U.S. regional differences in physical distancing: Evaluating racial and socioeconomic divides during the COVID-19 pandemic.

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Health varies by U.S. region of residence. Despite regional heterogeneity in the outbreak of COVID-19, regional differences in physical distancing behaviors over time are relatively unknown. This study examines regional variation in physical distancing trends during the COVID-19 pandemic and investigates variation by race and socioeconomic status (SES) within regions. Data from the 2015-2019 five-year American Community Survey were matched with anonymized location pings data from over 20 million mobile devices (SafeGraph, Inc.) at the Census block group level. We visually present trends in the stay-at-home proportion by Census region, race, and SES throughout 2020 and conduct regression analyses to examine these patterns. From March to December, the stay-at-home proportion was highest in the Northeast (0.25 in March to 0.35 in December) and lowest in the South (0.24 to 0.30). Across all regions, the stay-at-home proportion was higher in block groups with a higher percentage of Blacks, as Blacks disproportionately live in urban areas where stay-at-home rates were higher (0.009 [CI: 0.008, 0.009]). In the South, West, and Midwest, higher-SES block groups stayed home at the lowest rates pre-pandemic; however, this trend reversed throughout March before converging in the months following. In the Northeast, lower-SES block groups stayed home at comparable rates to higher-SES block groups during the height of the pandemic but diverged in the months following. Differences in physical distancing behaviors exist across U.S. regions, with a pronounced Southern and rural disadvantage. Results can be used to guide reopening and COVID-19 mitigation plans.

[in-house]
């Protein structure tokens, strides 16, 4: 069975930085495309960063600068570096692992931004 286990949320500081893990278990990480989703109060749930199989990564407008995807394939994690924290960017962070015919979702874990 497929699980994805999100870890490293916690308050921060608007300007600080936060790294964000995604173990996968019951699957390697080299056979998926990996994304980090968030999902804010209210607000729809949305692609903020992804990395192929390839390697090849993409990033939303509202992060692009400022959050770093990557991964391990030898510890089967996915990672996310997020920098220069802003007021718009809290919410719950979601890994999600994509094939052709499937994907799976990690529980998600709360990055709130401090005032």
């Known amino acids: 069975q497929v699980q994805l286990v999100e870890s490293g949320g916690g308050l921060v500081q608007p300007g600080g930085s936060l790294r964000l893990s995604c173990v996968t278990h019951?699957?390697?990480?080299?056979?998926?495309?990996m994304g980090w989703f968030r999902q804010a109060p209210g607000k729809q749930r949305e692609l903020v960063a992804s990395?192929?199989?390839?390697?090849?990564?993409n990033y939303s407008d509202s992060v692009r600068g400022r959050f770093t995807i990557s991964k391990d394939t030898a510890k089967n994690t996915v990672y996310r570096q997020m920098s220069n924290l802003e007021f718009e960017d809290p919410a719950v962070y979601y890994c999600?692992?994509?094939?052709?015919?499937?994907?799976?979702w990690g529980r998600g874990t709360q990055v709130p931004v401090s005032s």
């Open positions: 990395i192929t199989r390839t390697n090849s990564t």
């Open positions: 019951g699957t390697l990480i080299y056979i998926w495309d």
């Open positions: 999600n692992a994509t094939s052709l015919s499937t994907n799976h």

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Zang, Emma, Jessica West, Nathan Kim and Christina Pao (2021). U.S. regional differences in physical distancing: Evaluating racial and socioeconomic divides during the COVID-19 pandemic. PloS one, 16(11). p. e0259665. 10.1371/journal.pone.0259665 Retrieved from https://hdl.handle.net/10161/28659.

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Jessica Sayles West

Medical Instructor in the Department of Head and Neck Surgery & Communication Sciences

Jessica is a medical sociologist who specializes in research on hearing loss, aging, and health disparities over the life course. Jessica’s work has described the “spillover” effects of hearing loss on health outcomes for both individuals and those close to them, as well as sociodemographic disparities in the onset of and life expectancy with hearing loss. Her research, which leverages both population-level data and electronic health record data, has appeared in the Journals of Gerontology, Social Science & Medicine, Ear and Hearing, and other leading journals in medical sociology, hearing, and aging research.

Jessica received a B.A. from the University of Michigan in Social Anthropology (dual Sociology/Anthropology concentration) followed by an M.P.H. in Sociomedical Sciences with a certificate in Public Health Research Methods from Columbia University’s Mailman School of Public Health. She subsequently received an M.A. and Ph.D. in Sociology with a focus in Medical Sociology and Demography at Duke University. She then completed an NIA T32 Postdoctoral Fellowship at the Duke University Aging Center under the mentorship of Matthew E. Dupre, Ph.D. (Population Health Sciences) and Sherri L. Smith, Au.D., Ph.D. (Head and Neck Surgery & Communication Sciences).

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